United Kingdom

Most speed limit enforcement in the United Kingdom is carried out by automatic cameras (mostly Gatso, but some Truvelo- see Speed camera types used in the United Kingdom). Cameras operated by Safety Camera Partnerships are required to be painted bright yellow to give lie to the camera's use as a deterrent rather than as a revenue-generating device, and new installations are mainly at defined accident black spots. Gatso cameras face the rear of vehicles, meaning that no photo of the driver is captured. Cameras are not allowed to be hidden, for example behind road signs, trees or bushes, but this requirement applies at the time of installation only.

Manned static speed traps are becoming more and more frequent, usually in the form of automatic cameras carried in mobile vehicles. Some speed limit enforcement is carried out by police officers in cars (both marked and unmarked) who follow offenders (often filming them) for some distance before stopping them. This allows officers to gather evidence of other traffic offences and to gauge the overall standard of the offender's driving. Drivers of vehicles with no address in the UK currently evade paying British speeding fines very easily, given that the British police do not have the power to enforce payment on the spot, but plans have been announced to change enforcement procedures.

Camera and radar detectors are currently legal to possess and install in the UK, though the actual operation of such a device is considered to be obstruction of the police in the execution of their duty. There are plans to ban them though such a ban would not be extended to GPS-based devices that merely warn drivers of fixed camera sites.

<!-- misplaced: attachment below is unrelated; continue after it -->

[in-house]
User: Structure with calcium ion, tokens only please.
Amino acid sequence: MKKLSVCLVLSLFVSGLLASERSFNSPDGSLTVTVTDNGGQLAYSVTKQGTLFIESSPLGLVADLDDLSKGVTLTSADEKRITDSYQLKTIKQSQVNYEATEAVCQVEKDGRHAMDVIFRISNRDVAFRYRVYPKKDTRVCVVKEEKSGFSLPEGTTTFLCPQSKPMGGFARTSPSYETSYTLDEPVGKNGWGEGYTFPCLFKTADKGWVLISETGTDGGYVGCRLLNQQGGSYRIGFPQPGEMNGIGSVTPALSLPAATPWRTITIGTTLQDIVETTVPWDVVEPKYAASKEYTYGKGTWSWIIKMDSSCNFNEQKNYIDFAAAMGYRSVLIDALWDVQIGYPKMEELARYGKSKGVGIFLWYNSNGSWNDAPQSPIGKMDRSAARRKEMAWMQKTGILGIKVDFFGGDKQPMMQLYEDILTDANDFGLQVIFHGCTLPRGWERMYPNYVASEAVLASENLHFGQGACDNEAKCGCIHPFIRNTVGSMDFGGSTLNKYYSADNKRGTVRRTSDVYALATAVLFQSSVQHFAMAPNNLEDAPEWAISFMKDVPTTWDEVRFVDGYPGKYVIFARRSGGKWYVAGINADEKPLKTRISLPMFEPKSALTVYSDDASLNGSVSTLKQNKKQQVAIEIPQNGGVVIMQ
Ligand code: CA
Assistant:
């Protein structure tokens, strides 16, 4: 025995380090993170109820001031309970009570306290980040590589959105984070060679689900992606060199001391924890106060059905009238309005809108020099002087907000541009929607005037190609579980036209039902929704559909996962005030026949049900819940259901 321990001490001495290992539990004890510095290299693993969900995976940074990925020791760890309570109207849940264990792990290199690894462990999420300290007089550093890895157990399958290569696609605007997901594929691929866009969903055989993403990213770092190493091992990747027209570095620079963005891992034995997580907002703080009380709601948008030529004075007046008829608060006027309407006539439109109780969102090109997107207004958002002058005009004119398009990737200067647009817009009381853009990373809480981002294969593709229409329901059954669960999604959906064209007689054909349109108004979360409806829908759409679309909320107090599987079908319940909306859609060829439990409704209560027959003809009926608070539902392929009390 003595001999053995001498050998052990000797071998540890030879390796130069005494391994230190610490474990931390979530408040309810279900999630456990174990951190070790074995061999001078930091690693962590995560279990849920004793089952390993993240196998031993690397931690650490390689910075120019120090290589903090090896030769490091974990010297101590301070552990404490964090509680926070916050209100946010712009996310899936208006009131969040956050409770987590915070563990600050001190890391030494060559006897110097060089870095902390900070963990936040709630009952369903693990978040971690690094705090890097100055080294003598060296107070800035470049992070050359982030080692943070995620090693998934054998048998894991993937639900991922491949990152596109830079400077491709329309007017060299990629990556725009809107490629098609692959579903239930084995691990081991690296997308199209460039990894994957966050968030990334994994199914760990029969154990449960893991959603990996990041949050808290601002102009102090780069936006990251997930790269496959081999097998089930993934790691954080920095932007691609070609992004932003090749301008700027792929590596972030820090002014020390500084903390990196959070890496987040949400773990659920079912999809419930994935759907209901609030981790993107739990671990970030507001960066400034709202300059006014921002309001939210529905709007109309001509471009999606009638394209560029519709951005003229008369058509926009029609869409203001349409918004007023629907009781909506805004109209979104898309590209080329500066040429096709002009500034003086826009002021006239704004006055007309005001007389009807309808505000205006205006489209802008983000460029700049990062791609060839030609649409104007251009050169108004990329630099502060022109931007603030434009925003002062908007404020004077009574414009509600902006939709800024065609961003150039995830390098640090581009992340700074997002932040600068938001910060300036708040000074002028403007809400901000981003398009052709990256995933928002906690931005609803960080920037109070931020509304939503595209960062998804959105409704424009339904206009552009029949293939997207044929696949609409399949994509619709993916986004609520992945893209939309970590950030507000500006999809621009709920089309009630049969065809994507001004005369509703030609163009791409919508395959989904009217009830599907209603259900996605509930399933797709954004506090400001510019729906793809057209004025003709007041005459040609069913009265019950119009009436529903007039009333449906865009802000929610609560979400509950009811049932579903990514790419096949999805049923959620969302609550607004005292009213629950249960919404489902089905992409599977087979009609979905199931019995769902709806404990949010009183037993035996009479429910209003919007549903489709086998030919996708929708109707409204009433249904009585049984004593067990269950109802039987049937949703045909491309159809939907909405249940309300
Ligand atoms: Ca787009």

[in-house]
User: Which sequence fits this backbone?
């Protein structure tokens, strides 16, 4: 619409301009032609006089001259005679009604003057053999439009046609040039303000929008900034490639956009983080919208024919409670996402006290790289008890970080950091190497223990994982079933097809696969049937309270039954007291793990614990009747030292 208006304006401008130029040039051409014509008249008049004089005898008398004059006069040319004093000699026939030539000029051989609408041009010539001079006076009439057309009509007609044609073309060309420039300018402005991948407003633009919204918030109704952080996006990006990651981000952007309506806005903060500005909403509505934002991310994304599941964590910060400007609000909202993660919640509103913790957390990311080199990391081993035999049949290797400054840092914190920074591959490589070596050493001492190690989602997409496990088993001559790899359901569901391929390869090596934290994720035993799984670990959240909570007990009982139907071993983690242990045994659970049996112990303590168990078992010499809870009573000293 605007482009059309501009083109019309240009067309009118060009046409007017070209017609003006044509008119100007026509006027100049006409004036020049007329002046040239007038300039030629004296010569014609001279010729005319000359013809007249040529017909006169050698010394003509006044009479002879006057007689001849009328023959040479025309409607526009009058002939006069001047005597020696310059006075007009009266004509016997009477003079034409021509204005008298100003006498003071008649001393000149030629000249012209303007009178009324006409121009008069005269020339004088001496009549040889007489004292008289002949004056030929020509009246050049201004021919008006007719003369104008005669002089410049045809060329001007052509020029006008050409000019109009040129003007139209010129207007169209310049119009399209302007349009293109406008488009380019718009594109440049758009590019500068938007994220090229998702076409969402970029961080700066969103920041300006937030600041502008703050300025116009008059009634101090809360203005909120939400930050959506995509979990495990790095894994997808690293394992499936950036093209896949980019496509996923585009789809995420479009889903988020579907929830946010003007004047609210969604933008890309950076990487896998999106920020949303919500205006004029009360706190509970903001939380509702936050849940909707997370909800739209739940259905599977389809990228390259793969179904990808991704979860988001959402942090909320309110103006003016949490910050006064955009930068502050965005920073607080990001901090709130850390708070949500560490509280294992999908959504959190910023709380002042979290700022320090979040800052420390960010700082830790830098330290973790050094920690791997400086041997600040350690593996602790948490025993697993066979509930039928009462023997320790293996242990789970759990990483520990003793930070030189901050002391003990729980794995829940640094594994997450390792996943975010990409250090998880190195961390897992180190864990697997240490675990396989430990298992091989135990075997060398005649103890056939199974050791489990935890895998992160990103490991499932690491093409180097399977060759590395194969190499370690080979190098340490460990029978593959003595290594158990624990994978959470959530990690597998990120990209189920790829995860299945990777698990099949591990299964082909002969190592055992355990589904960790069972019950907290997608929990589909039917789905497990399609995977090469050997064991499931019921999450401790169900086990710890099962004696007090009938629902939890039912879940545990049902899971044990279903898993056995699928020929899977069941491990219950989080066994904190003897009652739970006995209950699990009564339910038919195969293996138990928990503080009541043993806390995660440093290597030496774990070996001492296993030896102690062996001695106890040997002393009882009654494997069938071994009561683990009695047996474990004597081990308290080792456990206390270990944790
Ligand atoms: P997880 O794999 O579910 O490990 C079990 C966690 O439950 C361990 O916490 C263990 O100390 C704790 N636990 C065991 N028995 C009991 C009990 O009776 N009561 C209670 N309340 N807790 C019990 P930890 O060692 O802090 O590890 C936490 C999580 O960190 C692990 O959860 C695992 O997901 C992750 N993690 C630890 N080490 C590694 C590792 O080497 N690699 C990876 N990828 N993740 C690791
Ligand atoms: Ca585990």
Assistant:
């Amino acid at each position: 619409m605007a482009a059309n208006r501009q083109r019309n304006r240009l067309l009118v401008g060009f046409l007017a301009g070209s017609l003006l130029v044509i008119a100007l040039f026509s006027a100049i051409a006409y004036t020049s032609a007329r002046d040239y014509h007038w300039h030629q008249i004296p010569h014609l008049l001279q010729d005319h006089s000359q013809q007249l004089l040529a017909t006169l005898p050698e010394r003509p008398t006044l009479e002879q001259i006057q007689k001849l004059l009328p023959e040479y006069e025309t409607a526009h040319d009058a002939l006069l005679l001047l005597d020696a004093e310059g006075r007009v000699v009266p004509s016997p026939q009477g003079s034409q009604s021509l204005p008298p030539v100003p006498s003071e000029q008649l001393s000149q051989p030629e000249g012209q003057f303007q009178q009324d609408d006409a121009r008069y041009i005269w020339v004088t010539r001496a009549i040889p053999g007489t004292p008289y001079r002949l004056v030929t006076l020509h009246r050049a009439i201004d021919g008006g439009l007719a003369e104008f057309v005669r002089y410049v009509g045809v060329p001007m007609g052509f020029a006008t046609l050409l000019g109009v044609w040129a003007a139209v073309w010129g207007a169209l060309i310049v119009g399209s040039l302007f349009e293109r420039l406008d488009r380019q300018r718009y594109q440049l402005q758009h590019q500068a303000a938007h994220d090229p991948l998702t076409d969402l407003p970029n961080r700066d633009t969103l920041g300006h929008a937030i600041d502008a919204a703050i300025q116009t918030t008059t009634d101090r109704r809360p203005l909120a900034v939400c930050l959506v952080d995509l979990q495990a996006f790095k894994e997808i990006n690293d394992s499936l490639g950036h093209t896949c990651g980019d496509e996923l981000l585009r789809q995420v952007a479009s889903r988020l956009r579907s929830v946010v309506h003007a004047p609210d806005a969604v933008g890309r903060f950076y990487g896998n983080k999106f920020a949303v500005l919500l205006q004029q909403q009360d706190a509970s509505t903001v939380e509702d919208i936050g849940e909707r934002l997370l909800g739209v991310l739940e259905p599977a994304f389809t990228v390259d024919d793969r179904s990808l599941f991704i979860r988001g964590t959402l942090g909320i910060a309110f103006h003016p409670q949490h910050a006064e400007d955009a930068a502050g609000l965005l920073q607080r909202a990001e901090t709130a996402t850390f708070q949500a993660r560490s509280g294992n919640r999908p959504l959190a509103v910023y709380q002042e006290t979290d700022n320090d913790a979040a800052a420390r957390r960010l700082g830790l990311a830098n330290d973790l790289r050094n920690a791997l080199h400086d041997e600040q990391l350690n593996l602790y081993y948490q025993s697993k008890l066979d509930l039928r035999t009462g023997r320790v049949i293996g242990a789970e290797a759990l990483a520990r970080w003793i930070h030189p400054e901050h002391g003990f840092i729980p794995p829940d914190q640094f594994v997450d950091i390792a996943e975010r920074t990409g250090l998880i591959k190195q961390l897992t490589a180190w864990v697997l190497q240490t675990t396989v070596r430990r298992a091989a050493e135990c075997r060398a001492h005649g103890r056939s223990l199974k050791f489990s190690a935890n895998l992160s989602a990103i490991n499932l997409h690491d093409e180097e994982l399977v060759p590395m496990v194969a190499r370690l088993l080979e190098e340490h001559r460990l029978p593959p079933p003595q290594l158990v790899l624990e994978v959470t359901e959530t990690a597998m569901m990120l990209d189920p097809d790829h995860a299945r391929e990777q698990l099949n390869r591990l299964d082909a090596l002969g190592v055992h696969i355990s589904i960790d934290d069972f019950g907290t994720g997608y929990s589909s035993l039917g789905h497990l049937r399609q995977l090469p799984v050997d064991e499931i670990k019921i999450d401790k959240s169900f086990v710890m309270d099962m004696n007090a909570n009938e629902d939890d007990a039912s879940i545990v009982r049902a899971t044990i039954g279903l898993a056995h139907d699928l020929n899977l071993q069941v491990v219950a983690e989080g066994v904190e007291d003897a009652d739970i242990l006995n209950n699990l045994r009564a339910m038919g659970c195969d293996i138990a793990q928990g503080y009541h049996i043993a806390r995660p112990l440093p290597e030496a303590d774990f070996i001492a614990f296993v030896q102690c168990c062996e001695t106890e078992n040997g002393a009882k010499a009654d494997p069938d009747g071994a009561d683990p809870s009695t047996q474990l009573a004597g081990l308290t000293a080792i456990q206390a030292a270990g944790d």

United States

Limiting speed traps

In response to speed trap towns such as Iowa Colony, Texas, the Texas Legislature limited the revenue that smaller cities may collect from traffic tickets. All funds in excess of this amount are remitted to the state. Oregon and other states have similar laws. Another tactic to discourage speed traps is to limit traffic law enforcement on numbered highways to state police or a similar entity. Pennsylvania Municipal Police Officers are not allowed to enforce speed limits with RADAR speed detection devices, but instead must use devices such as VASCAR and ESP. In these techniques, officers record the time that it takes for a vehicle to traverse the distance between two markings (often two white lines).

In Arizona, the use of speed traps has been limited by state laws that limit the amount a posted speed may change in a given distance.

"Speed trap" in California traffic law

The notion of "speed traps" is entirely different in California. Before the advent of radars, lasers and other hi-tech speed detectors, the speed of a vehicle was often determined with the help of aircraft observations by timing the moments when the vehicle passes two specific marks on a highway with known distance between them. This way was declared illegal, and for the purposes of the law the following definition was given in the California vehicle code:

A "speed trap" is ... a particular section of a highway measured as to distance and with boundaries marked, designated, or otherwise determined in order that the speed of a vehicle may be calculated by securing the time it takes the vehicle to travel the known distance.

The prohibition of this kind of "speed traps" followed after a series of successful defences that argued inadmissible error margin in human timing.

Subsequently, the second clause was added to the "speed trap" definition to cover inadmissible usage of "radar or other electronic devices". It considers multiple factors, such as the operation standards of devices, training of police officers, and whether the enforced speed limits were properly justified.